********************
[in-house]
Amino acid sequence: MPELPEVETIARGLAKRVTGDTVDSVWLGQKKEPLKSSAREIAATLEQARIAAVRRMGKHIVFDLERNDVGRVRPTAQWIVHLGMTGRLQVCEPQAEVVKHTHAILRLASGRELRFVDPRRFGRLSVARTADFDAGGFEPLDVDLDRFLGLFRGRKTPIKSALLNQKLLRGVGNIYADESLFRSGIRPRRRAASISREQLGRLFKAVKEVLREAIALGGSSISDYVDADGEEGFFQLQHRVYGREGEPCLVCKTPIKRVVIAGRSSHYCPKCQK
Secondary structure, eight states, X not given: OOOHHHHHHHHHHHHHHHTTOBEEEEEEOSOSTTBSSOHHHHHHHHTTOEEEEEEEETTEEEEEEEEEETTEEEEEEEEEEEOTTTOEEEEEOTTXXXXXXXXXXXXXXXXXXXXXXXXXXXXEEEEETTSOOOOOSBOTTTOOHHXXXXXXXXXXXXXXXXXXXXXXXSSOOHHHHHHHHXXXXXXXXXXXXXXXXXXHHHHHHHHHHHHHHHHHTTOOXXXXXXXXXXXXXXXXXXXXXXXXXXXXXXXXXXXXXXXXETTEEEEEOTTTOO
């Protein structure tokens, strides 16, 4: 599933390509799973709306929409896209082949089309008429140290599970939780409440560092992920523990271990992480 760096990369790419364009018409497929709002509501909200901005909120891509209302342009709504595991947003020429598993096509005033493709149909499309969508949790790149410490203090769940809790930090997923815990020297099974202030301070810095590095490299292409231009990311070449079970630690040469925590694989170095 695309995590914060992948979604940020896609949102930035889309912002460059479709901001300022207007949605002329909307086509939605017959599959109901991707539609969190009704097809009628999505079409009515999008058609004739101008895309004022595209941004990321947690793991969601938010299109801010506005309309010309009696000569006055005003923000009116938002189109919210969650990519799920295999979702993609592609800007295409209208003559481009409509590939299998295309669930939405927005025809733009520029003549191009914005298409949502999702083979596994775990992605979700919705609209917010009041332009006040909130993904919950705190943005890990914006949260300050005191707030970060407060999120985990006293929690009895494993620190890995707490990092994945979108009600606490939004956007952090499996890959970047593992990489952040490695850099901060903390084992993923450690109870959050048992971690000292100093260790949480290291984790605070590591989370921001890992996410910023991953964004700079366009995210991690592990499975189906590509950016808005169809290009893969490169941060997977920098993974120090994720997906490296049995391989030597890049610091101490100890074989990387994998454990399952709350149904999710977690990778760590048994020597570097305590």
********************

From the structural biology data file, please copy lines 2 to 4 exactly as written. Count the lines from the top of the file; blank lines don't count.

Amino acid sequence: MPELPEVETIARGLAKRVTGDTVDSVWLGQKKEPLKSSAREIAATLEQARIAAVRRMGKHIVFDLERNDVGRVRPTAQWIVHLGMTGRLQVCEPQAEVVKHTHAILRLASGRELRFVDPRRFGRLSVARTADFDAGGFEPLDVDLDRFLGLFRGRKTPIKSALLNQKLLRGVGNIYADESLFRSGIRPRRRAASISREQLGRLFKAVKEVLREAIALGGSSISDYVDADGEEGFFQLQHRVYGREGEPCLVCKTPIKRVVIAGRSSHYCPKCQK
Secondary structure, eight states, X not given: OOOHHHHHHHHHHHHHHHTTOBEEEEEEOSOSTTBSSOHHHHHHHHTTOEEEEEEEETTEEEEEEEEEETTEEEEEEEEEEEOTTTOEEEEEOTTXXXXXXXXXXXXXXXXXXXXXXXXXXXXEEEEETTSOOOOOSBOTTTOOHHXXXXXXXXXXXXXXXXXXXXXXXSSOOHHHHHHHHXXXXXXXXXXXXXXXXXXHHHHHHHHHHHHHHHHHTTOOXXXXXXXXXXXXXXXXXXXXXXXXXXXXXXXXXXXXXXXXETTEEEEEOTTTOO
């Protein structure tokens, strides 16, 4: 599933390509799973709306929409896209082949089309008429140290599970939780409440560092992920523990271990992480 760096990369790419364009018409497929709002509501909200901005909120891509209302342009709504595991947003020429598993096509005033493709149909499309969508949790790149410490203090769940809790930090997923815990020297099974202030301070810095590095490299292409231009990311070449079970630690040469925590694989170095 695309995590914060992948979604940020896609949102930035889309912002460059479709901001300022207007949605002329909307086509939605017959599959109901991707539609969190009704097809009628999505079409009515999008058609004739101008895309004022595209941004990321947690793991969601938010299109801010506005309309010309009696000569006055005003923000009116938002189109919210969650990519799920295999979702993609592609800007295409209208003559481009409509590939299998295309669930939405927005025809733009520029003549191009914005298409949502999702083979596994775990992605979700919705609209917010009041332009006040909130993904919950705190943005890990914006949260300050005191707030970060407060999120985990006293929690009895494993620190890995707490990092994945979108009600606490939004956007952090499996890959970047593992990489952040490695850099901060903390084992993923450690109870959050048992971690000292100093260790949480290291984790605070590591989370921001890992996410910023991953964004700079366009995210991690592990499975189906590509950016808005169809290009893969490169941060997977920098993974120090994720997906490296049995391989030597890049610091101490100890074989990387994998454990399952709350149904999710977690990778760590048994020597570097305590």